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 There’s about 25 cars on tour.  We did 230 miles today on back roads.  Most impressive was every single car made that mileage on the first day without anything being brought in on a hook.  I saw four flat tires on the side of the road.  I think every driver managed to get his own tire changed without help from anyone   It’s a great bunch of people.  There’s a bunch of hundred point and very high point cars.  All being used as intended.  There’s a wonderful lady driving the Duesenberg racecar  with its open cockpit and open wheels. ?

CE755A47-DF44-40D0-A8D2-A1986946F497.jpeg

Edited by edinmass (see edit history)
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There’s about 25 cars on tour.  We did 230 miles today on back roads.  Most impressive was every single car made that mileage on the first day without anything being brought in on a hook.  I saw four flat tires on the side of the road.  I think every driver managed to get his own tire changed without help from anyone   It’s a great bunch of people.  There’s a bunch of hundred point and very high point cars.  All being used as intended.  There’s a wonderful lady driving the Duesenberg racecar  with its open cockpit and open wheels.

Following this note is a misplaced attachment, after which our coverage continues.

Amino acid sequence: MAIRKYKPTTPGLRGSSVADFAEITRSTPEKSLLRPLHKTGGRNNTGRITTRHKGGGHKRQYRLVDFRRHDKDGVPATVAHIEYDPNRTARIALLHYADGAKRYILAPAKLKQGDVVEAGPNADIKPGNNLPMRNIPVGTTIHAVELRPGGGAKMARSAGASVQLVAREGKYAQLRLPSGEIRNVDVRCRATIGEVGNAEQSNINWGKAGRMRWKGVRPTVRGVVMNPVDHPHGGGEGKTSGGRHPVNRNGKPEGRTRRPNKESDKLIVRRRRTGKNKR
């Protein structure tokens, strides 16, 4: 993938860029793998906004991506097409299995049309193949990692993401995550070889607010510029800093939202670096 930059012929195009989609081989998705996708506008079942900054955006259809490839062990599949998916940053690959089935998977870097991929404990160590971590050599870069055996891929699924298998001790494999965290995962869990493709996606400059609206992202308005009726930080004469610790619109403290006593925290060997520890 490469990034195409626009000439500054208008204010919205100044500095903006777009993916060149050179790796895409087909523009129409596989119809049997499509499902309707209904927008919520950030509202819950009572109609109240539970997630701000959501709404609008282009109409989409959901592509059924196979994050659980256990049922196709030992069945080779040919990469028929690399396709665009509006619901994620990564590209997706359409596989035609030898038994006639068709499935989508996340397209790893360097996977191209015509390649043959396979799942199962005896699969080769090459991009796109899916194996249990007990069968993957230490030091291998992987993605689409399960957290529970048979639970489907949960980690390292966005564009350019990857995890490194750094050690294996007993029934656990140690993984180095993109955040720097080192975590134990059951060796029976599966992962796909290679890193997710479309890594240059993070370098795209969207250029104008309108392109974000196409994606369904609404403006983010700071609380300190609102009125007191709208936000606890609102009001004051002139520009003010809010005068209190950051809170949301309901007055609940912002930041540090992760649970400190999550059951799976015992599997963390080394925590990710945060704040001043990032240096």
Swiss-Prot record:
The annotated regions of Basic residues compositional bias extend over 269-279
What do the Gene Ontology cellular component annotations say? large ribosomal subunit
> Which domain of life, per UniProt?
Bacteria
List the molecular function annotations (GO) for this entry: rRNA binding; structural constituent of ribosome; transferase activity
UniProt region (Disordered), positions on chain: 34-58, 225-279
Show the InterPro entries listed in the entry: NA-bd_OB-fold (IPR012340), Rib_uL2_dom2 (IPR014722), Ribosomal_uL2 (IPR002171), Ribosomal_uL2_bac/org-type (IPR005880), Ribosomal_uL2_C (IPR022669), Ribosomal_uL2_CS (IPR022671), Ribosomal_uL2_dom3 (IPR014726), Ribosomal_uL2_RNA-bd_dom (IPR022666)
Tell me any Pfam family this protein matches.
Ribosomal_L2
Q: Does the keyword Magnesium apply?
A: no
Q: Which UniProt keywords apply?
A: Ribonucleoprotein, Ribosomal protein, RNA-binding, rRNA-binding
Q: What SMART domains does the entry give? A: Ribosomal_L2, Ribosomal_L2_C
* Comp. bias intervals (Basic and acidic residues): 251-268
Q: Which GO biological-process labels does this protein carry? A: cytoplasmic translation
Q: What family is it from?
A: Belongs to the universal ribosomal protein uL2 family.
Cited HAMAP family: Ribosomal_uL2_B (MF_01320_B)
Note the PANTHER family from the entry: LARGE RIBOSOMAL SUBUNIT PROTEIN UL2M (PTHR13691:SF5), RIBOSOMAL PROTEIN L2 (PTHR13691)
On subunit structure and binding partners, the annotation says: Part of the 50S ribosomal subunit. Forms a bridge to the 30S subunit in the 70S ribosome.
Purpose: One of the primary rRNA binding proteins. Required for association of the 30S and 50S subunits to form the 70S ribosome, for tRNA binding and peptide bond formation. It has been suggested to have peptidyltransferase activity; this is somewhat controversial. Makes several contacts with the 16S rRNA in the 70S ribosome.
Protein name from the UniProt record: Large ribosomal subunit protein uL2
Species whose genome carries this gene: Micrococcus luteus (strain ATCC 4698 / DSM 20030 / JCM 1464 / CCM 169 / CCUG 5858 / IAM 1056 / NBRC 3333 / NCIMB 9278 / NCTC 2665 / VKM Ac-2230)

?

Ed,

Thanks for posting photos and test, I am enjoying this a lot, many flat tires!, some are using 1930 tubes.

 

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 Same car taken exactly 2 years earlier  in the same location, at the same time of day, two years to the week at the same location.  With the top up, white wall tires and trunk rack on car. 

057B73E4-546B-4EF6-BC87-BFC141874949.jpeg

Edited by edinmass (see edit history)
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6 hours ago, edinmass said:

 Here’s a  Photo of something rarely seen today.  Driving down Route 302 in northern New Hampshire where there are no streetlights.  The old lights work well in total darkness. 

0997A7B8-E254-45B5-B486-DB84B6D28C24.jpeg

C8F4F321-7849-401E-82A8-3F8AE808B9F0.jpeg

FC9F9C36-D34B-49C3-97EC-FC5243F82A5D.jpeg

 

Ed, I assume that you are using 32/50 CP bulbs which are pretty decent and what was in my 645 Packard DC that I used for everyday transportation in high school in the mid 1950's. They do a great job if the reflectors are not tarnished.

 

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Thank you all for this thread, the stuff dreams are made of!